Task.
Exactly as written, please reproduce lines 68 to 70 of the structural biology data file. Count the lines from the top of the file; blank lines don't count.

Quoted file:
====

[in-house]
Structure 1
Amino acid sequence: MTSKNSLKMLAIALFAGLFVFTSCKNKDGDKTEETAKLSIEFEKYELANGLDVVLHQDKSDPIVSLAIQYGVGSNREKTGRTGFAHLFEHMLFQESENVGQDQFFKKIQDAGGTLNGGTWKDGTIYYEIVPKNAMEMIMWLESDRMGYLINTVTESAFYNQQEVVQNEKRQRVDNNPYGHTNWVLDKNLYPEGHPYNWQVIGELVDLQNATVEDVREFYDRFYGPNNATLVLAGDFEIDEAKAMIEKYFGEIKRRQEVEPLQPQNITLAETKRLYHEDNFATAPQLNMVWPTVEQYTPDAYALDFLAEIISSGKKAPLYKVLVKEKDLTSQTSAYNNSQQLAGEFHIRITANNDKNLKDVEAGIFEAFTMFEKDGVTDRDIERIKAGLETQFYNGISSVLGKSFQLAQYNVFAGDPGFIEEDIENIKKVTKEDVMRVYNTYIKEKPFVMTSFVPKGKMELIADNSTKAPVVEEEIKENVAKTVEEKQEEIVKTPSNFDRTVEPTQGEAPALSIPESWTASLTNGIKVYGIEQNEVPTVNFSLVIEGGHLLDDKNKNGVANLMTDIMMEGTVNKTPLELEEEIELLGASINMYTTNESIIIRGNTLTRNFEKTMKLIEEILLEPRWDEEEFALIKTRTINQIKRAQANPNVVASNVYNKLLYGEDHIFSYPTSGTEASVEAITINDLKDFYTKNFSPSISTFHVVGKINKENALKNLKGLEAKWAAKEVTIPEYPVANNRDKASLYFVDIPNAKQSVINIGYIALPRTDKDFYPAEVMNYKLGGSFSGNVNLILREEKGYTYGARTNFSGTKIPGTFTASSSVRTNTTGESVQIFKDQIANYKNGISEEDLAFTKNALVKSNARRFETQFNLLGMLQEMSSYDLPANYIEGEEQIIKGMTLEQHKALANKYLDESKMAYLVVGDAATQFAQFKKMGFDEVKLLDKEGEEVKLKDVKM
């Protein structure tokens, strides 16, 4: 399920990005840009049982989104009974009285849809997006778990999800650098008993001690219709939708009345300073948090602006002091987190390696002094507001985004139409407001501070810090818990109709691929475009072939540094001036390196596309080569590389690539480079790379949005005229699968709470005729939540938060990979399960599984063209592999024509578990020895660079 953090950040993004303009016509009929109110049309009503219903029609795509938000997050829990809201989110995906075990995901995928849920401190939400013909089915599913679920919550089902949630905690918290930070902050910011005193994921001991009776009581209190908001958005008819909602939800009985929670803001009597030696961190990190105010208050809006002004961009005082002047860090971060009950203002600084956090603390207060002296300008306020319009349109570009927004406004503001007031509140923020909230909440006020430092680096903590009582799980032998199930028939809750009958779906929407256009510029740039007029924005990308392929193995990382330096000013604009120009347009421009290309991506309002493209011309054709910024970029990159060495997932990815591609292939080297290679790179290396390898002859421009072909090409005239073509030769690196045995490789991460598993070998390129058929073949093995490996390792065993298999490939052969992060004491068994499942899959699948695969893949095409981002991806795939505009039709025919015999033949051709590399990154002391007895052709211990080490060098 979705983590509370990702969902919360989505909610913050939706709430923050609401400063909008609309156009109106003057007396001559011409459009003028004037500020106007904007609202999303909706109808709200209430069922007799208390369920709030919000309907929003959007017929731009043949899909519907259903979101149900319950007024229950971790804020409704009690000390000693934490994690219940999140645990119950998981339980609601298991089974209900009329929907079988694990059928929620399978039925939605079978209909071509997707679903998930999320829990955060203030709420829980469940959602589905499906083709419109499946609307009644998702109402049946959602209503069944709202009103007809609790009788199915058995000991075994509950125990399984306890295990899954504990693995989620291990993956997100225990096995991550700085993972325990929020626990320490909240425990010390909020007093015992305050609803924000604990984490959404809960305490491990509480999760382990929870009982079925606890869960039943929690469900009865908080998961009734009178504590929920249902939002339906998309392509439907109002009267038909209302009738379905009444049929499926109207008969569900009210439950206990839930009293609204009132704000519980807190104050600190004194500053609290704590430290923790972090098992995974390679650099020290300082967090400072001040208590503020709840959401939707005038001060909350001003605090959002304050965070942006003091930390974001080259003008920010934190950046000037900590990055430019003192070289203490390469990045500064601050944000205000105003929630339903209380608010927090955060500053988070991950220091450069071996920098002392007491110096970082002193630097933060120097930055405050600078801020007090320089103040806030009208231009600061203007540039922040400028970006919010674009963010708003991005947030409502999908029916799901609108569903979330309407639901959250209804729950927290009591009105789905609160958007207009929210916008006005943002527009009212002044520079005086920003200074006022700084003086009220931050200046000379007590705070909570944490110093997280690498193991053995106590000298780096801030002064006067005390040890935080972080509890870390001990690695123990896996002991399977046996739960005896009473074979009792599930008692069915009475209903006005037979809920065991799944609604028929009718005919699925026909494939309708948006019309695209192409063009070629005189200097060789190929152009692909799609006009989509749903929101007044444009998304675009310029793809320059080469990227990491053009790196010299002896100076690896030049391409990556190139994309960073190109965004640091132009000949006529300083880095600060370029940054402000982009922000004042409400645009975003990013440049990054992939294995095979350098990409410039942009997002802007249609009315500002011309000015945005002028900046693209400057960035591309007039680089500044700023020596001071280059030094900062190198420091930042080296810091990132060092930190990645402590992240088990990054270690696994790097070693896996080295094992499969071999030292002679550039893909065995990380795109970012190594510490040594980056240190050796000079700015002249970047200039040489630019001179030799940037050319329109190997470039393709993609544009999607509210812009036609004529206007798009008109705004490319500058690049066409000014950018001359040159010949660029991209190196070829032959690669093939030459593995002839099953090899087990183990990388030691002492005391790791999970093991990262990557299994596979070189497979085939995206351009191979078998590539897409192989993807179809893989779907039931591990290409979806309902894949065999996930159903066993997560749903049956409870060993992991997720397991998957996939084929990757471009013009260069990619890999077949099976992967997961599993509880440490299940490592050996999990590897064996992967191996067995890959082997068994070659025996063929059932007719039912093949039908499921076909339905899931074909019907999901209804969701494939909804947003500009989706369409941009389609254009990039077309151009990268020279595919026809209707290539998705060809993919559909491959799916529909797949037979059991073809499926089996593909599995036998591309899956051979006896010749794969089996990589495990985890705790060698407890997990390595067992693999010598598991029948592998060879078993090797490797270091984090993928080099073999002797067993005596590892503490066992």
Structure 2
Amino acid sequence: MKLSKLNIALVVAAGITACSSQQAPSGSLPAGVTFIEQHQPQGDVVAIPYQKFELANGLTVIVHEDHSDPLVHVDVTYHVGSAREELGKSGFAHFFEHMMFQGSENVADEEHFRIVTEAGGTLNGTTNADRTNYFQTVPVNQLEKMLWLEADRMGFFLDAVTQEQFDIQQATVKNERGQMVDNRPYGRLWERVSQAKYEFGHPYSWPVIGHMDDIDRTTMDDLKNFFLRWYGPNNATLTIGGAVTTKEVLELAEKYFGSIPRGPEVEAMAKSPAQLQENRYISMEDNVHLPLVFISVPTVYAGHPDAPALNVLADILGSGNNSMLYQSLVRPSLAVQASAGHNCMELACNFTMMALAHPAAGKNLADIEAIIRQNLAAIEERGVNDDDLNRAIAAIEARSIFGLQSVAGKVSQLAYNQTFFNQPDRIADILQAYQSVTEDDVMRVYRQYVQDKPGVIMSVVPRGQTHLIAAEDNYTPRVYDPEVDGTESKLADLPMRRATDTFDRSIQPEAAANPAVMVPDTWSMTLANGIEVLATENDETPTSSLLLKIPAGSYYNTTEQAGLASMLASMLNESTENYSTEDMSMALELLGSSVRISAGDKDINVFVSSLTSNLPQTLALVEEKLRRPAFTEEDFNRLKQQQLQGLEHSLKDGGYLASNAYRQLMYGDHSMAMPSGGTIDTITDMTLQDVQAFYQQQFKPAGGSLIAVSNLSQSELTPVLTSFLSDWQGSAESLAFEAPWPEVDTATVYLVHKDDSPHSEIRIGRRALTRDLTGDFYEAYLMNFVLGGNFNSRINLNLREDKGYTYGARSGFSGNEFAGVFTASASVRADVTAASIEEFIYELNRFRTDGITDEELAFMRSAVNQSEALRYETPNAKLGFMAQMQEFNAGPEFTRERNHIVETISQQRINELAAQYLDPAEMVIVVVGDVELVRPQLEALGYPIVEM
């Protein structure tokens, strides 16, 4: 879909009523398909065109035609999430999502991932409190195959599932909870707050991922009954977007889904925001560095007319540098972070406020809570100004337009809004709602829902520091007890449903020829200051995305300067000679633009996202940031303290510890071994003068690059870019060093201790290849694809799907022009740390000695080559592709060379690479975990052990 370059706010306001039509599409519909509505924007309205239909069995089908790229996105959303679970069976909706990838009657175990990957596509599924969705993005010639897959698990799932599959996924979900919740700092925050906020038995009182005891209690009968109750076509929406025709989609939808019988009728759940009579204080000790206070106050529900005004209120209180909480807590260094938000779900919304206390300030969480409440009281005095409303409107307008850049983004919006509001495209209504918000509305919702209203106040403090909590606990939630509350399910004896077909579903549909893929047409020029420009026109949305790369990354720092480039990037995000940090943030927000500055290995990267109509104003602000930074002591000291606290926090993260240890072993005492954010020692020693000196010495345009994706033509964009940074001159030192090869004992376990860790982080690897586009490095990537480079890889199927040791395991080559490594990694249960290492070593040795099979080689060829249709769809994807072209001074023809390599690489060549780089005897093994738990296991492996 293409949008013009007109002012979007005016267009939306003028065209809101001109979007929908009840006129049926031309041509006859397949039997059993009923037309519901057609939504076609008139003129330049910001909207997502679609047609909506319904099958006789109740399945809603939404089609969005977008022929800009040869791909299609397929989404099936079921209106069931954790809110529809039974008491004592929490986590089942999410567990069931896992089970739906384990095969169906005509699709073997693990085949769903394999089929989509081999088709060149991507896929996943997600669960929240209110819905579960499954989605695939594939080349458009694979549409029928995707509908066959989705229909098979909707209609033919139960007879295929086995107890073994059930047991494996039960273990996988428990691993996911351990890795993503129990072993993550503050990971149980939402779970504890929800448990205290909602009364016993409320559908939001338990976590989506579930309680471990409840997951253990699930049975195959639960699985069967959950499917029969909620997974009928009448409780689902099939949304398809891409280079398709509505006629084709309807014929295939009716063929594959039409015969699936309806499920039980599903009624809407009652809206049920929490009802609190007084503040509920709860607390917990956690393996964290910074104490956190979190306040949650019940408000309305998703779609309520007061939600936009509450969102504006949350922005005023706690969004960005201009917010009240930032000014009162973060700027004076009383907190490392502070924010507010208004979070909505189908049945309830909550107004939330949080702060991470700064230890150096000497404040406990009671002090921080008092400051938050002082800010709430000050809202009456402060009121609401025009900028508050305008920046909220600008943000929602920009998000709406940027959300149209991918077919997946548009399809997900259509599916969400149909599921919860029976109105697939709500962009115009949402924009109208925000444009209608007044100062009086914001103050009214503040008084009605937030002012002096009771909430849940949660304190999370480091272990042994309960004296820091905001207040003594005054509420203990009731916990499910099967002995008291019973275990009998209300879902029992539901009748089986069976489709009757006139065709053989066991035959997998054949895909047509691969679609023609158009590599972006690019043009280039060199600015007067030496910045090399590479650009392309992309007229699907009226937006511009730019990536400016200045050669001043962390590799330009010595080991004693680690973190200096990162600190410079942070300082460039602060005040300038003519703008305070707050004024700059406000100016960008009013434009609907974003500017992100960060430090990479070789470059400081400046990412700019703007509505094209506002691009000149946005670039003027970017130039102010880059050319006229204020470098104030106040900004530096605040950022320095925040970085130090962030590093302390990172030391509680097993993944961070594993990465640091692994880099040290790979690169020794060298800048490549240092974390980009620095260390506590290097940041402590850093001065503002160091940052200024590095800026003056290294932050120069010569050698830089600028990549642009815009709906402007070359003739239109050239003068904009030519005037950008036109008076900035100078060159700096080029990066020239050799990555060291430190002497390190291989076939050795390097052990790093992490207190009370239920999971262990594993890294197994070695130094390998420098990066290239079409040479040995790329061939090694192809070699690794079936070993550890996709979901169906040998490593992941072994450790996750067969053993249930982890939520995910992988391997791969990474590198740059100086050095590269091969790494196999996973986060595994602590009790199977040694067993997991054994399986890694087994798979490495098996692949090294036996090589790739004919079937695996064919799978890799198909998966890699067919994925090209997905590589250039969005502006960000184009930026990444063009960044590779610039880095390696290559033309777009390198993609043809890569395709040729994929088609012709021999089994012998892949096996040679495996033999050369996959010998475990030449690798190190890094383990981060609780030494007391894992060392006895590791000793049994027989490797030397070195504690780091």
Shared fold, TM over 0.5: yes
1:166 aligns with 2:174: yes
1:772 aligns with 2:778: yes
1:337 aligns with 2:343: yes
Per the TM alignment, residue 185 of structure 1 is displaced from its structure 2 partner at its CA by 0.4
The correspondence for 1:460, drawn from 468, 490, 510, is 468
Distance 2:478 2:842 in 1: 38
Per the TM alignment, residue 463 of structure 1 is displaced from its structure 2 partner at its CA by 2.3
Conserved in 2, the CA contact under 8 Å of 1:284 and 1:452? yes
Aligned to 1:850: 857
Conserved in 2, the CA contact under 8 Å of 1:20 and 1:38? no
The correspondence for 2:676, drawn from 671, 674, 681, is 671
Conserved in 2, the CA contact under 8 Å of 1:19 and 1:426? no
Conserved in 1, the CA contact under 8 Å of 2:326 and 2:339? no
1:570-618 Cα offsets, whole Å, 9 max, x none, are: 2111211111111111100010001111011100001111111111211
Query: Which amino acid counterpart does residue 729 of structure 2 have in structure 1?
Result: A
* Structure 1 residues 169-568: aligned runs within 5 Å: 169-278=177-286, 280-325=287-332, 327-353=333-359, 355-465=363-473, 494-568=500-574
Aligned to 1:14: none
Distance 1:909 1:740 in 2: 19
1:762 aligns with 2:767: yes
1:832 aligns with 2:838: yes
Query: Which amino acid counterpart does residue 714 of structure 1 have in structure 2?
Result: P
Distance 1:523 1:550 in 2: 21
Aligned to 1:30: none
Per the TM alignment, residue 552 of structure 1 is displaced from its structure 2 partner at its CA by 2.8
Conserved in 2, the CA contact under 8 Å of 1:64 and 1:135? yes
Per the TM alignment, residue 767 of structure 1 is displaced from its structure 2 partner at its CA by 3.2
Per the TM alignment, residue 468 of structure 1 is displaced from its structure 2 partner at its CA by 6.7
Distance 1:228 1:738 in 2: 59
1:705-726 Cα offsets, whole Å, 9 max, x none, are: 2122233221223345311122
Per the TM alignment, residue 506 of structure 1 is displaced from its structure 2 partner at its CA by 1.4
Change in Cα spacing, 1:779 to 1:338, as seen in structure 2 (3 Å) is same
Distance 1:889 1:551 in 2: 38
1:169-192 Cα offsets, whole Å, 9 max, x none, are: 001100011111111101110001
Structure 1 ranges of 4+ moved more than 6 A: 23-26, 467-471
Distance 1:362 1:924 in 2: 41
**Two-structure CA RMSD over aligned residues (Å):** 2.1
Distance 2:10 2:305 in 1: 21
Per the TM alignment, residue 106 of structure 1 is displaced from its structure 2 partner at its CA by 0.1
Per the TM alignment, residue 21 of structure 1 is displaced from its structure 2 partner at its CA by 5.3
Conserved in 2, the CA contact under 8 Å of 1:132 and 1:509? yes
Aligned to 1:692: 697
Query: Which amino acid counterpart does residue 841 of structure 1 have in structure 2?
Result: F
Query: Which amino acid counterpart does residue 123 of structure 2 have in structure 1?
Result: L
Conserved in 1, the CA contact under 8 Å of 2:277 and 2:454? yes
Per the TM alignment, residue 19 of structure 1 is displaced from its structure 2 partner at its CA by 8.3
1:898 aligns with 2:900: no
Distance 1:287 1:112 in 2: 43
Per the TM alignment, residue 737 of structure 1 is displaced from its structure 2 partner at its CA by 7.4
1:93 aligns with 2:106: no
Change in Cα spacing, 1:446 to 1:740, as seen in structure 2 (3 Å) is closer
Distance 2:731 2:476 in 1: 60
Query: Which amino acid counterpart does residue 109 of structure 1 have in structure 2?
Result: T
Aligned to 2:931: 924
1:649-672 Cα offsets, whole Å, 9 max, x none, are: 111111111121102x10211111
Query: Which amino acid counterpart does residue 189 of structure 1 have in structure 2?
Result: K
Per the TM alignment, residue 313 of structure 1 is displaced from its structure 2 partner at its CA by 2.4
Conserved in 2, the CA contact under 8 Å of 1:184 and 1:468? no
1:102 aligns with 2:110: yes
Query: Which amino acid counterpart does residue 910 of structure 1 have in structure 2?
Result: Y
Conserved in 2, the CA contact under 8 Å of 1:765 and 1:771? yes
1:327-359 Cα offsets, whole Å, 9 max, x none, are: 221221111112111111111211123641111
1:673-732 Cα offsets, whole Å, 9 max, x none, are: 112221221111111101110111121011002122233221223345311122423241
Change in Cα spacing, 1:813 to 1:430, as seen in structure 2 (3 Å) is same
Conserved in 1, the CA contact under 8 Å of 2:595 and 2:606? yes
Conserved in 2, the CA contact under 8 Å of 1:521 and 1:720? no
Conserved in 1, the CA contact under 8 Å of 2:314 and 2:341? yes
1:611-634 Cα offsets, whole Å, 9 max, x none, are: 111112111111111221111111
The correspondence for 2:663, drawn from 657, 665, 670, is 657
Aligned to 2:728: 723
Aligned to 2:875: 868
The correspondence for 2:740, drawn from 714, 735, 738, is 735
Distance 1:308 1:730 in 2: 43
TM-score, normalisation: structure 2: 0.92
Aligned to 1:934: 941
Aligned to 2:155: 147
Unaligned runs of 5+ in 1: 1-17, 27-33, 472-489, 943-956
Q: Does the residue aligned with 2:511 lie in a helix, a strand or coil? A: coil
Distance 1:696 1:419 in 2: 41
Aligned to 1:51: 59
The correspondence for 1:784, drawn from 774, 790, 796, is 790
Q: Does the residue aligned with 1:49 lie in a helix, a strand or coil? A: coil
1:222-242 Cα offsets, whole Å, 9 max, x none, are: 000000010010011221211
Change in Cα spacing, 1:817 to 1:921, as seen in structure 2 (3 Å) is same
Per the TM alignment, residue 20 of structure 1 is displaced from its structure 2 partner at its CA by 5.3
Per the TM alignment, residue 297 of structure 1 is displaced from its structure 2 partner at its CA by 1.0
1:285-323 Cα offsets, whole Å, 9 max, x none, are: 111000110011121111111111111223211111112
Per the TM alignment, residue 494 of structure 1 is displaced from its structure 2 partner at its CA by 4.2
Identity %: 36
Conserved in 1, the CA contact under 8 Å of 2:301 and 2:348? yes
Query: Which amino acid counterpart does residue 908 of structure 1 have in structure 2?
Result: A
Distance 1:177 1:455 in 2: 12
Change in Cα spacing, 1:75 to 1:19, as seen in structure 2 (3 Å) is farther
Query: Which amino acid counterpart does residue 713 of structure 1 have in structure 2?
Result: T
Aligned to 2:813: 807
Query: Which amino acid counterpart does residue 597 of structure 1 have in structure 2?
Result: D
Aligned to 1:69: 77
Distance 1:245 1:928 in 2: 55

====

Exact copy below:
Query: Which amino acid counterpart does residue 189 of structure 1 have in structure 2?
Result: K
Per the TM alignment, residue 313 of structure 1 is displaced from its structure 2 partner at its CA by 2.4